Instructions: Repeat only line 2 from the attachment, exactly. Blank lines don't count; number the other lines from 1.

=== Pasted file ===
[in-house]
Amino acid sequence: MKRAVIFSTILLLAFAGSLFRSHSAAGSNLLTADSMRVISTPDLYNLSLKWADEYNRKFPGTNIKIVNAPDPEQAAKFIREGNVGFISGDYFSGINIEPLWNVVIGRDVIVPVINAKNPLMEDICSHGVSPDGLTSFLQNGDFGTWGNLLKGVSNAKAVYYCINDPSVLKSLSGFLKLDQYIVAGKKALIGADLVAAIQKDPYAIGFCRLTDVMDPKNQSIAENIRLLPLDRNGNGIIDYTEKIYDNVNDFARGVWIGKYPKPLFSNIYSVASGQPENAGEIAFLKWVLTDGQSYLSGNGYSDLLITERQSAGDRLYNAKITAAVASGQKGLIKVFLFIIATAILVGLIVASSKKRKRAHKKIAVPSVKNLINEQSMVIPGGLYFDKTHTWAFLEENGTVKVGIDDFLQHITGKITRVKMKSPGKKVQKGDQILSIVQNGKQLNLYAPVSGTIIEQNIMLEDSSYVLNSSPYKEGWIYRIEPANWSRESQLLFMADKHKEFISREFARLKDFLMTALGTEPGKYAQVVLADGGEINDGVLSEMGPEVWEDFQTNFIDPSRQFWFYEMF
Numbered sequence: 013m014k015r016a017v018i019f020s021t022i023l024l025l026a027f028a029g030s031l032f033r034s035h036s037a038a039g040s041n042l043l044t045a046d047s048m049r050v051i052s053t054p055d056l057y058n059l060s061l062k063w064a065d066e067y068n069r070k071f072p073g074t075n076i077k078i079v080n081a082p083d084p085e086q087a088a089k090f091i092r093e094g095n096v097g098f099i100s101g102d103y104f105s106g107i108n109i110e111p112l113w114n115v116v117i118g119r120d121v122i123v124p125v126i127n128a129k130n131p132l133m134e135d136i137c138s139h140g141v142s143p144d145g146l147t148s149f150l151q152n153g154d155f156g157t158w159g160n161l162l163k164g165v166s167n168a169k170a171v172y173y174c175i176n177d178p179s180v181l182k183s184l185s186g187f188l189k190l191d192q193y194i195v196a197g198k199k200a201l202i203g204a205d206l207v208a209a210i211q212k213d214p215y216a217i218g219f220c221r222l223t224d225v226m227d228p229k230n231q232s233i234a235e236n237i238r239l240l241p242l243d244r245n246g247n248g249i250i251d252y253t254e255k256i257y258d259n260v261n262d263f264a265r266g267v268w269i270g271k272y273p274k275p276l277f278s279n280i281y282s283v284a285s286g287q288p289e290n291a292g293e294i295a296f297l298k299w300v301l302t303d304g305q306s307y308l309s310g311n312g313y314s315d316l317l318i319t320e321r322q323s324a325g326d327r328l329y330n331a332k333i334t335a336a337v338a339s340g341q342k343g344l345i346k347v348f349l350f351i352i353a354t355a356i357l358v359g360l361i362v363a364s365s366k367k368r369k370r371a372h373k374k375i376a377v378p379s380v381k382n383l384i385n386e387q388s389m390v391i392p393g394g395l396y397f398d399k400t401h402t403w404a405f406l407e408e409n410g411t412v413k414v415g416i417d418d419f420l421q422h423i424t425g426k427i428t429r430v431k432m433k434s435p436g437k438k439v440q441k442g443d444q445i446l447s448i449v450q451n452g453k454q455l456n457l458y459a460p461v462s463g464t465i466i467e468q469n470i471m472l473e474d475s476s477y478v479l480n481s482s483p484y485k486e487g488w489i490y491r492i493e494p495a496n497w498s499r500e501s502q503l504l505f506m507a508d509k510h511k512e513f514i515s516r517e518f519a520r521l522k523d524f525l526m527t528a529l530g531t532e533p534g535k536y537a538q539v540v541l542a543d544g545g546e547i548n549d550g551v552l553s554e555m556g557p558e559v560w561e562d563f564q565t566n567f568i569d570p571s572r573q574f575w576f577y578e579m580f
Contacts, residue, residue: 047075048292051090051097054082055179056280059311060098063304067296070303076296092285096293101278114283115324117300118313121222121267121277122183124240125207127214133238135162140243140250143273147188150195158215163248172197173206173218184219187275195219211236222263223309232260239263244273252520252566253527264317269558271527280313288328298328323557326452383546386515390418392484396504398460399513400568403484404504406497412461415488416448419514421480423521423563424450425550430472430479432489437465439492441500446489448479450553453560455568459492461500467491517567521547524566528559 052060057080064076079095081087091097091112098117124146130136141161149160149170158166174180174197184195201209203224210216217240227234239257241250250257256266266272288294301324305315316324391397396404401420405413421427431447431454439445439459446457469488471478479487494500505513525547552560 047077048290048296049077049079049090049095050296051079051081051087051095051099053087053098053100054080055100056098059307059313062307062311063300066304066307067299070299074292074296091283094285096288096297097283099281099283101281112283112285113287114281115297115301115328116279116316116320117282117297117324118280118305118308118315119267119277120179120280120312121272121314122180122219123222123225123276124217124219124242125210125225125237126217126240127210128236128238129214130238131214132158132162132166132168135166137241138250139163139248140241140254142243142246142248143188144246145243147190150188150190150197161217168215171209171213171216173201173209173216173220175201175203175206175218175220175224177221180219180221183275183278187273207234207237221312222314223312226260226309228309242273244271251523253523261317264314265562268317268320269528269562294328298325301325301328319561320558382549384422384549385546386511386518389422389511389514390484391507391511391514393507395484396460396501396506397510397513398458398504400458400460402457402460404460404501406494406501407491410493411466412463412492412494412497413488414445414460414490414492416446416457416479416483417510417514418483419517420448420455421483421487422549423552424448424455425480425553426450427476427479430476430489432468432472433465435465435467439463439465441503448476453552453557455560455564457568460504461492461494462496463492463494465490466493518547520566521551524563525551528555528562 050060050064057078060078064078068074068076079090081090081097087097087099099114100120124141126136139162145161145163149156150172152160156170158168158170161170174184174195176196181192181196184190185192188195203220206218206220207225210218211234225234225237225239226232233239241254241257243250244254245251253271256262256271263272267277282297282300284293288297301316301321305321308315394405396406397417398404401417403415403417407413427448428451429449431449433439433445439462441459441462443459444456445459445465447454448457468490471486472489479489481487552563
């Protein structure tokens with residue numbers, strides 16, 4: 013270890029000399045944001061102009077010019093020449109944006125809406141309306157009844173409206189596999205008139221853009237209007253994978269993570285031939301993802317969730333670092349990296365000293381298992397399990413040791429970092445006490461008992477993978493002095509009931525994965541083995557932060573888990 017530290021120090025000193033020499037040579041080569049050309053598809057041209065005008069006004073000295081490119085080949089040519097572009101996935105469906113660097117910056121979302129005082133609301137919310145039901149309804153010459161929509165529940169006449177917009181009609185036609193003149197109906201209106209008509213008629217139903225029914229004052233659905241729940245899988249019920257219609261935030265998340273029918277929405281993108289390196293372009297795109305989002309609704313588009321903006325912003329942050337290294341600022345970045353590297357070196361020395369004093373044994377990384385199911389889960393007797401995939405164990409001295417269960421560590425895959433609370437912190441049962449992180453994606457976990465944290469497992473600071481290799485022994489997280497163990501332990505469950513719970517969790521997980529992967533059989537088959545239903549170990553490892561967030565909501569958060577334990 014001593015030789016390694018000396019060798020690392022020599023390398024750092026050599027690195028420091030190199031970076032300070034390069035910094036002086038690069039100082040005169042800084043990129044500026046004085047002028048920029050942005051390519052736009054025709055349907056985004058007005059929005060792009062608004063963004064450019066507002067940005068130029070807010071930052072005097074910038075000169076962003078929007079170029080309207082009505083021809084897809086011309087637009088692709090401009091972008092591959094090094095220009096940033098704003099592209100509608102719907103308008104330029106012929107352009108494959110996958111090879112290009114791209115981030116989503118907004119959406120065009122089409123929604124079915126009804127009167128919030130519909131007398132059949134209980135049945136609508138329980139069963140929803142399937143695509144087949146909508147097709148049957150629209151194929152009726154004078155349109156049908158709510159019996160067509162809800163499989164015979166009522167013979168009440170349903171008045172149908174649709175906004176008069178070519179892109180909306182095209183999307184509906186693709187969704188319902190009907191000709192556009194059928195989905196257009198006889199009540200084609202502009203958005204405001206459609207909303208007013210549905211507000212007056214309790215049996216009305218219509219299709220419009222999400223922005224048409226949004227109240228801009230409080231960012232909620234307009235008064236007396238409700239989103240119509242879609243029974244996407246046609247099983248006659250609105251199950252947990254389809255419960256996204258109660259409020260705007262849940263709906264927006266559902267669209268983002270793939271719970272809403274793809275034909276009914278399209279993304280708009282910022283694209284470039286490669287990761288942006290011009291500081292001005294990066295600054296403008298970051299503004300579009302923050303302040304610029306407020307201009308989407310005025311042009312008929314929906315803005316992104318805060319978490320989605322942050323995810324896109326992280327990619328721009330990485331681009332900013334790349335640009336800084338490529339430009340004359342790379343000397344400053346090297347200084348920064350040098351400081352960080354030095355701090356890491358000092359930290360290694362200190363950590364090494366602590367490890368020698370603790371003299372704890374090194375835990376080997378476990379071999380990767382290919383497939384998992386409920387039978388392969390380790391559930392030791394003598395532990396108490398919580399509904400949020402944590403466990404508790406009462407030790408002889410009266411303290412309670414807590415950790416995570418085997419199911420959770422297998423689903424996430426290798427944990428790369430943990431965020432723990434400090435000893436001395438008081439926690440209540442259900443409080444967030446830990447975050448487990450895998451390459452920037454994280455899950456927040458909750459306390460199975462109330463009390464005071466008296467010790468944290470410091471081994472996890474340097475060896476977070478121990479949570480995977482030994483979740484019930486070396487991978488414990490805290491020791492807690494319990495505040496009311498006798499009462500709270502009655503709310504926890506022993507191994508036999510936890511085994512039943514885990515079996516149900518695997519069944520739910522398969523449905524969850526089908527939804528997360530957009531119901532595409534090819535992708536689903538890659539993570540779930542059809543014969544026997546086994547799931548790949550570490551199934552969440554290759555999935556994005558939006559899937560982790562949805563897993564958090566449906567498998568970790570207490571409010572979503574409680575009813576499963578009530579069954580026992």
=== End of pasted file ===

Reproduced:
Amino acid sequence: MKRAVIFSTILLLAFAGSLFRSHSAAGSNLLTADSMRVISTPDLYNLSLKWADEYNRKFPGTNIKIVNAPDPEQAAKFIREGNVGFISGDYFSGINIEPLWNVVIGRDVIVPVINAKNPLMEDICSHGVSPDGLTSFLQNGDFGTWGNLLKGVSNAKAVYYCINDPSVLKSLSGFLKLDQYIVAGKKALIGADLVAAIQKDPYAIGFCRLTDVMDPKNQSIAENIRLLPLDRNGNGIIDYTEKIYDNVNDFARGVWIGKYPKPLFSNIYSVASGQPENAGEIAFLKWVLTDGQSYLSGNGYSDLLITERQSAGDRLYNAKITAAVASGQKGLIKVFLFIIATAILVGLIVASSKKRKRAHKKIAVPSVKNLINEQSMVIPGGLYFDKTHTWAFLEENGTVKVGIDDFLQHITGKITRVKMKSPGKKVQKGDQILSIVQNGKQLNLYAPVSGTIIEQNIMLEDSSYVLNSSPYKEGWIYRIEPANWSRESQLLFMADKHKEFISREFARLKDFLMTALGTEPGKYAQVVLADGGEINDGVLSEMGPEVWEDFQTNFIDPSRQFWFYEMF